Posted by

On December 9, 2013, the British Columbia Supreme Court released it’s reasons on the judicial review of the Minister of Environment’s (“the Minister”) decision to not issue a certificate, pursuant to the Environmental Assessment Act, S.B.C. 2002, c. 43 (the “Act”), to enable Pacific Booker Minerals Ltd. (“PBM”) to construct and operate a copper/gold and molybdenum mine (“the project”). The project would potentially affect lands and waters to which several First Nations claim Aboriginal rights.

PBM initiated the Environmental Assessment (“EA”) process in 2003 and expended $10 million over the course of its participation until the certificate was refused by the Minister in 2012. The Final Assessment Report (“the Report”) completed by the Environmental Assessment Office (“EAO”) concluded that the project “would not result in any significant adverse effects with the successful implementation of mitigation measures and conditions” and further that “First Nations have been consulted and accommodated appropriately.”

Pursuant to the Act, the Executive Director of EAO recommended the Report to the Minister for decision. Accompanying the Report, the Executive Director also highlighted concerns that militated against issuing a certificate and recommended that the Minister undertake a risk/benefit analysis of these concerns in making his decision. Among these concerns was the likelihood of mitigation measures being unsuccessful over the 100 year life span of the project, the unique ecological value of the area affected, and the moderate to strong prima facie strength of claim of the Babine Nation to the area affected. The issues upon judicial review were:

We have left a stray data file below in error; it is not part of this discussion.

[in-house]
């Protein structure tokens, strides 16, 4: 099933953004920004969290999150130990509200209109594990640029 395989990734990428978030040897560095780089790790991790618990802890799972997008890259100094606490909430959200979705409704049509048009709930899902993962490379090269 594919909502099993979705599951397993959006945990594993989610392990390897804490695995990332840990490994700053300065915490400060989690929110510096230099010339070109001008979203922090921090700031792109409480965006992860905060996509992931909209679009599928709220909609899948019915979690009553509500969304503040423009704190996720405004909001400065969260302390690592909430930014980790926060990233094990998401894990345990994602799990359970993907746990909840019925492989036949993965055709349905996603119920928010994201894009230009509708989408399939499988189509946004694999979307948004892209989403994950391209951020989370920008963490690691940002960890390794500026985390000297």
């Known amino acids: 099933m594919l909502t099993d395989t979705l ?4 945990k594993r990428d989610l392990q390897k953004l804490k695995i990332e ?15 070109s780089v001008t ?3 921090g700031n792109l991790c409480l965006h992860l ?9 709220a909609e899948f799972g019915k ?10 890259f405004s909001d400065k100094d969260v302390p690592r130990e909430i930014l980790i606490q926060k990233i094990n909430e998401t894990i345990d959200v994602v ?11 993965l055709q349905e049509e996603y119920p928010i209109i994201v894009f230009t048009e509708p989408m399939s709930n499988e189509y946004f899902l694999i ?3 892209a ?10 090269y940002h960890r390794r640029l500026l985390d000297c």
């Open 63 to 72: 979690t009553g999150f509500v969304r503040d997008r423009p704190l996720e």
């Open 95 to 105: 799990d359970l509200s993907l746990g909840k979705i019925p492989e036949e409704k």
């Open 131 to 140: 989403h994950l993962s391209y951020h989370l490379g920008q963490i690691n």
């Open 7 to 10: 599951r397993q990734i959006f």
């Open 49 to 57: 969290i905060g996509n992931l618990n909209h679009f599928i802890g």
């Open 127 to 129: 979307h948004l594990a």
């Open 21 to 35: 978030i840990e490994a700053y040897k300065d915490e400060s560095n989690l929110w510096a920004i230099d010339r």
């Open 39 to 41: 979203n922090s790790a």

(1) Pursuant to the Act, was it beyond the Executive Director’s discretion to highlight the concerns and recommend the Minister weigh them against the conclusions of the Report?

(2) As a matter of procedural fairness, should PBM have been afforded an opportunity to respond to the Executive Director’s concerns and recommendations before the Minister made his decision?

Upon judicial review the first issue was answered in the negative. However, the second issue was answered in the affirmative. The remedy granted was an order of certiorari quashing and setting aside the Ministers’ decision and an order remitting PBM’s application for a certificate to the Minister for reconsideration. On the reconsideration PBM will be entitled to be provided with the Executive Director’s recommendations, if any, to the Minister, and will be entitled to provide a written response to the recommendations.

ISSUES

(1) Pursuant to the Act, was it beyond the Executive Director’s discretion to highlight the concerns and recommend the Minister weigh them against the conclusions of the Report?

In answering this issue in the negative, Affleck J. applied a standard of reasonableness in determining the Executive Director acted within the scope of his discretion to provide the Minister with recommendations pursuant to section 17(2) of the Act.